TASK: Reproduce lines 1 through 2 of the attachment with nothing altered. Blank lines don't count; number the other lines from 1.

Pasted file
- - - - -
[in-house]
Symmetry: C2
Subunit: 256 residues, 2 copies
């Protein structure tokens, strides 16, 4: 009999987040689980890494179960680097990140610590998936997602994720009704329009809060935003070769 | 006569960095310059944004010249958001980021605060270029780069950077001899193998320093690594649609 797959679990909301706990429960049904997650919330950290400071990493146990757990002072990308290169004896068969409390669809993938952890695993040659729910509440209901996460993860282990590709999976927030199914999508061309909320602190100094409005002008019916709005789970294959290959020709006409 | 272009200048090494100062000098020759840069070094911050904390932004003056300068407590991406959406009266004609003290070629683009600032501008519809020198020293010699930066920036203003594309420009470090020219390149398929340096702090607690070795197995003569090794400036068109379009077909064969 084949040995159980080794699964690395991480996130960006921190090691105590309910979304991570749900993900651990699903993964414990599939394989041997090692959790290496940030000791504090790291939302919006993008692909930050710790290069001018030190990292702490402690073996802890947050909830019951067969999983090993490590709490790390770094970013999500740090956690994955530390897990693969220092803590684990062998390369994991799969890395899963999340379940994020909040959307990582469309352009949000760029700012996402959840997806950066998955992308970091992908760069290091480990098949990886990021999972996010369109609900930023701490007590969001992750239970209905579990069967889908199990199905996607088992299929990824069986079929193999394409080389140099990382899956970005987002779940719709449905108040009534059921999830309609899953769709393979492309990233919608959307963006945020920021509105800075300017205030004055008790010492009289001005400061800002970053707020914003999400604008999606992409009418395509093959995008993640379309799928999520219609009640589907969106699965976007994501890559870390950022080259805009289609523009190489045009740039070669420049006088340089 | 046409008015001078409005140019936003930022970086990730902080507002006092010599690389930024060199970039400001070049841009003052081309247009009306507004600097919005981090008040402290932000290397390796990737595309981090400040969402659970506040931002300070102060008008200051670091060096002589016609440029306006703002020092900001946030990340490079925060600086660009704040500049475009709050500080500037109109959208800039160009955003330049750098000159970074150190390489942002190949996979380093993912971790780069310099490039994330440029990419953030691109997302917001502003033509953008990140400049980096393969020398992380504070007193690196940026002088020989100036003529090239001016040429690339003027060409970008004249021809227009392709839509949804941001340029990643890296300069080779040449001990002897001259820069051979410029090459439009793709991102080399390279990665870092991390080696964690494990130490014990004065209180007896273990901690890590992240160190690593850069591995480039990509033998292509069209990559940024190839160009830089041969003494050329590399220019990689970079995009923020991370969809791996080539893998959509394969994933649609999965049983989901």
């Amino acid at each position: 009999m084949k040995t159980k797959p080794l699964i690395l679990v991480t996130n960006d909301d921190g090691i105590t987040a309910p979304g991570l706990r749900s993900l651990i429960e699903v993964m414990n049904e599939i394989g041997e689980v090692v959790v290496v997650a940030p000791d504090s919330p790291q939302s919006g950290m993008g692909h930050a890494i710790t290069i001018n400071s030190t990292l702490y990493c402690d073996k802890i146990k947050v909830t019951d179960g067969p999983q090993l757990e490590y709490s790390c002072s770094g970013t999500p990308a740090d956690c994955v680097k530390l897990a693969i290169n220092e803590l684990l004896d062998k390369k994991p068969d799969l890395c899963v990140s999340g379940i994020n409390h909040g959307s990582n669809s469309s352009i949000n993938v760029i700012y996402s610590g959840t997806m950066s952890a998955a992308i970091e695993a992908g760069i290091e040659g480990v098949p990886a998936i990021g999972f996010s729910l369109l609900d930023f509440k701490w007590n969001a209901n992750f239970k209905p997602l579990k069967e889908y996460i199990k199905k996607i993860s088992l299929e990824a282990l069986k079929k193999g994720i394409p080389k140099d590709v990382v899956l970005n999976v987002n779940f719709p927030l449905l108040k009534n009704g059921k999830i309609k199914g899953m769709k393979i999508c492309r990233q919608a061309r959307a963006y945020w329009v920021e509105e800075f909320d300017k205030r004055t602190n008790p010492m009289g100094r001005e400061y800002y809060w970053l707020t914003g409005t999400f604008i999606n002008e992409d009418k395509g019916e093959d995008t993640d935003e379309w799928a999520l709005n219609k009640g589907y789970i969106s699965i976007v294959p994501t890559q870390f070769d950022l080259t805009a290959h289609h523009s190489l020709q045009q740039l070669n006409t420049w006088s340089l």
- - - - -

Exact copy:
[in-house]
Symmetry: C2